Minister defends MP who did not declare Shell shares while environment secretary

Theresa Villiers admitted her shareholding in the oil and gas company via her latest update to the register of members’ financial interests.

A Government minister has defended a Tory MP who failed to declare she held shares valued at more than £70,000 in Shell while she was environment secretary.

Theresa Villiers admitted her shareholding in the oil and gas company via her latest update to the register of members’ financial interests.

Under the section “other shareholdings on, valued at more than £70,000”, Ms Villiers’ entry says: “From 23 February 2018, Shell PLC; energy. (Registered 17 July 2023).”

Asked about the omission on Sky News, Treasury minister John Glen described it as an “oversight on her part” and insisted the former minister has been “very clear” in apologising.

Ms Villiers served in Boris Johnson’s cabinet as environment secretary from July 2019 until February 2020.

MPs are required to register any change to their registrable interests within 28 days.

A list of ministers’ interests from November 2019 did not include a mention of the shares for Ms Villiers.

The MP for Chipping Barnet’s latest entry to the register also included newly declared shares above the same threshold in drinks manufacturer Diageo from February 23 2018 and Experian PLC from July 29 2019.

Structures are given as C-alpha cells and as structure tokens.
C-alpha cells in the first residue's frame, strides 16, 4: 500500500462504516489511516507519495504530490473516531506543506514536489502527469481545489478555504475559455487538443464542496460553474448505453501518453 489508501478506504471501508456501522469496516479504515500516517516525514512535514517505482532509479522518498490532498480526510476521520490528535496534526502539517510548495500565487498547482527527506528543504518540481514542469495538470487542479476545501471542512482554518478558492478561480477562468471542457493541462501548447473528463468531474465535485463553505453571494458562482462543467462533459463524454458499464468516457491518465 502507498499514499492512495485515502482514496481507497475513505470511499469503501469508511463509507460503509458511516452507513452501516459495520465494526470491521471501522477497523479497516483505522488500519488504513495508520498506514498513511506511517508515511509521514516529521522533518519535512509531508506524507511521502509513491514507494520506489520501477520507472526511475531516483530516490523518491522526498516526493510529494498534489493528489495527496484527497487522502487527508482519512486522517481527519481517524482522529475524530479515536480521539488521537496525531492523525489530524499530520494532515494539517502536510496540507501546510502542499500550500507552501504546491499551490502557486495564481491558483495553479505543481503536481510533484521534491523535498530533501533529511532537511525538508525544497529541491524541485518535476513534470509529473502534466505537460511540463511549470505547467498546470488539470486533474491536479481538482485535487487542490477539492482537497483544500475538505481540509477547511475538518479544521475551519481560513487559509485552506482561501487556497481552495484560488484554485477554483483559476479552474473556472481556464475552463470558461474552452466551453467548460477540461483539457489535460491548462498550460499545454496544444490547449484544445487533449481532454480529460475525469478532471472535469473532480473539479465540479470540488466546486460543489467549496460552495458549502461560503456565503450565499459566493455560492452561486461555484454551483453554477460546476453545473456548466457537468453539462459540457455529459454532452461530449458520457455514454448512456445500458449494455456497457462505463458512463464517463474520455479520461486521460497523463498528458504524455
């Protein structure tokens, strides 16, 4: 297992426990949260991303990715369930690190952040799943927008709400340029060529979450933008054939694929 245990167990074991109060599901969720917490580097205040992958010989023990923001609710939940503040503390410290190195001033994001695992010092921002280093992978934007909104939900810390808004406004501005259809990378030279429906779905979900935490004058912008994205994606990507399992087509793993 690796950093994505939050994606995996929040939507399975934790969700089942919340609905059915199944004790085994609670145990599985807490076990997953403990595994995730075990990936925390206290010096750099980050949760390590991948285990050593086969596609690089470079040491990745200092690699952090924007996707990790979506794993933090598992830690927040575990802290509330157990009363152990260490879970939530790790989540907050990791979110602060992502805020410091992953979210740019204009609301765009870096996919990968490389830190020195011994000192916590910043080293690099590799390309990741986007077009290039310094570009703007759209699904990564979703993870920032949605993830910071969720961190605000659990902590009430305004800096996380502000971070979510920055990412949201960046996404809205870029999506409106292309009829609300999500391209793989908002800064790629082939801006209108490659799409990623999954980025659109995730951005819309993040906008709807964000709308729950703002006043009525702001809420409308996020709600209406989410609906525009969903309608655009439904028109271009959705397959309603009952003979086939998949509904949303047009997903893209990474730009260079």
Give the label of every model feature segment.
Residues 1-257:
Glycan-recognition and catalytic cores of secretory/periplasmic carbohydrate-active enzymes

Mr Glen said: “I think she’s apologised. She’s admitted their mistake. I think part of the situation is there’s an MP regime for disclosures of private assets and there’s a ministerial regime.

“As I understand it, she didn’t fulfil the obligations of the MP regime while she was a minister.

“But as I say she’s been very clear in apologising, it was an oversight on her part, and she will correct it and make sure it doesn’t happen again.”

A spokesman for Ms Villiers said: “Ms Villiers deeply regrets her failure to monitor the value of shareholdings and has offered her sincere apologies.

“These shares are part of (a) portfolio which is professionally managed for Ms Villiers and for which she has never taken day-to-day investment decisions.

“It did not occur to her that any single shareholding would reach the threshold for declaration, but a legacy received in 2018 caused that to happen.

“As soon as she realised this, she alerted the Registrar of Members Interests and the Standards Commissioner.

“She takes full responsibility for the mistake. She accepts that it should never have happened, and that she should have kept track of the additions to her investment portfolio. She is taking steps to ensure that this never happens again. Nothing she has ever said or done as MP has been influenced by these shareholdings.”

In relation to ministerial interests, the spokesman added: “When she was appointed as secretary of state, Ms Villiers disclosed to Defra that she had a portfolio of shares which was professionally managed for her and over which she did not take investment decisions.

“She offered to place this in a blind trust.

“The Prime Minister’s ethics adviser said that this step was unnecessary because the portfolio was managed for her and she did not take investment decisions. So Ministerial Code requirements were complied with.

“Nothing she did as Defra secretary was influenced by any of these shareholdings.”

More from Perspective

Get a free copy of our print edition


Leave a Reply

Your email address will not be published. Required fields are marked *

Fill out this field
Fill out this field
Please enter a valid email address.
You need to agree with the terms to proceed

Your email address will not be published. The views expressed in the comments below are not those of Perspective. We encourage healthy debate, but racist, misogynistic, homophobic and other types of hateful comments will not be published.